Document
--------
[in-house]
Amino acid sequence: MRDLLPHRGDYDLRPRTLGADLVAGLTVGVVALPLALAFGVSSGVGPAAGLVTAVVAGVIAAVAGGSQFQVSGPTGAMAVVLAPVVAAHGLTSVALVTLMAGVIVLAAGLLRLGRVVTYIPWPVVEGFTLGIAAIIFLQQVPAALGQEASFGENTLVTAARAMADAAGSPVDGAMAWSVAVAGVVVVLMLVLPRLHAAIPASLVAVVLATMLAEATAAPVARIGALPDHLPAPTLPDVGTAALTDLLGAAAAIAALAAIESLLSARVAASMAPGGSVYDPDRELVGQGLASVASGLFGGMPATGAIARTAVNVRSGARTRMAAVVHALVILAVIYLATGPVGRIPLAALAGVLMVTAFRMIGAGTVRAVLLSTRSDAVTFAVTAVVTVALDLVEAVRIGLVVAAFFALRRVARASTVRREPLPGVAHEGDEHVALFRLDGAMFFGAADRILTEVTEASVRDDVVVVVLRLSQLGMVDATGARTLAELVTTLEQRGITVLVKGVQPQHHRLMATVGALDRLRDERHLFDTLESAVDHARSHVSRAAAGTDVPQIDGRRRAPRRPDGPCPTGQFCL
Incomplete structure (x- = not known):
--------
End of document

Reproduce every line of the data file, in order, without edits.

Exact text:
[in-house]
Amino acid sequence: MRDLLPHRGDYDLRPRTLGADLVAGLTVGVVALPLALAFGVSSGVGPAAGLVTAVVAGVIAAVAGGSQFQVSGPTGAMAVVLAPVVAAHGLTSVALVTLMAGVIVLAAGLLRLGRVVTYIPWPVVEGFTLGIAAIIFLQQVPAALGQEASFGENTLVTAARAMADAAGSPVDGAMAWSVAVAGVVVVLMLVLPRLHAAIPASLVAVVLATMLAEATAAPVARIGALPDHLPAPTLPDVGTAALTDLLGAAAAIAALAAIESLLSARVAASMAPGGSVYDPDRELVGQGLASVASGLFGGMPATGAIARTAVNVRSGARTRMAAVVHALVILAVIYLATGPVGRIPLAALAGVLMVTAFRMIGAGTVRAVLLSTRSDAVTFAVTAVVTVALDLVEAVRIGLVVAAFFALRRVARASTVRREPLPGVAHEGDEHVALFRLDGAMFFGAADRILTEVTEASVRDDVVVVVLRLSQLGMVDATGARTLAELVTTLEQRGITVLVKGVQPQHHRLMATVGALDRLRDERHLFDTLESAVDHARSHVSRAAAGTDVPQIDGRRRAPRRPDGPCPTGQFCL
Incomplete structure (x- = not known):